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Region Hovedstaden - en del af Københavns Universitetshospital
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Challenges in implementing individualized medicine illustrated by antimetabolite therapy of childhood acute lymphoblastic leukemia

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ABSTRACT: Predicting the response to medical therapy and subsequently individualizing the treatment to increase efficacy or reduce toxicity has been a longstanding clinical goal. Not least within oncology, where many patients fail to be cured, and others are treated to or beyond the limit of acceptable toxicity, an individualized therapeutic approach is indicated. The mapping of the human genome and technological developments in DNA sequencing, gene expression profiling, and proteomics have raised the expectations for implementing genotype-phenotype data into the clinical decision process, but also multiplied the complex interaction of genetic and other laboratory parameters that can be used for therapy adjustments. Thus, with the advances in the laboratory techniques, post laboratory issues have become major obstacles for treatment individualization. Many of these challenges have been illustrated by studies involving childhood acute lymphoblastic leukemia (ALL), where each patient may receive up to 13 different anticancer agents over a period of 2-3 years. The challenges include i) addressing important, but low-frequency outcomes, ii) difficulties in interpreting the impact of single drug or single gene response data that often vary across treatment protocols, iii) combining disease and host genomics with outcome variations, and iv) physicians' reluctance in implementing potentially useful genotype and phenotype data into clinical practice, since unjustified downward or upward dose adjustments could increase the of risk of relapse or life-threatening complications. In this review we use childhood ALL therapy as a model and discuss these issues, and how they may be addressed.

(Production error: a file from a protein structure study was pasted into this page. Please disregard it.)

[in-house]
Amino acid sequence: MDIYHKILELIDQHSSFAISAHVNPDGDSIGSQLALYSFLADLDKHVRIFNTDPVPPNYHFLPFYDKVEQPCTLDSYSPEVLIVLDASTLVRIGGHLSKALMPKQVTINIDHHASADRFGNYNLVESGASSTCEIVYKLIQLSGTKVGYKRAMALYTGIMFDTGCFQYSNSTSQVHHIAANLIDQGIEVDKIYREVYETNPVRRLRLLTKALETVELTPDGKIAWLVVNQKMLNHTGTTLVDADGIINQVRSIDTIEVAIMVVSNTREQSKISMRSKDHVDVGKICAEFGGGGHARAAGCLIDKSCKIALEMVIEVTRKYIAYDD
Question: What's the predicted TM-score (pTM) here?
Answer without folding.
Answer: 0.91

OriginalsprogEngelsk
TidsskriftClinical Proteomics
Vol/bind8
Udgave nummer1
Sider (fra-til)8
ISSN1542-6416
DOI
StatusUdgivet - 2011

ID: 34568075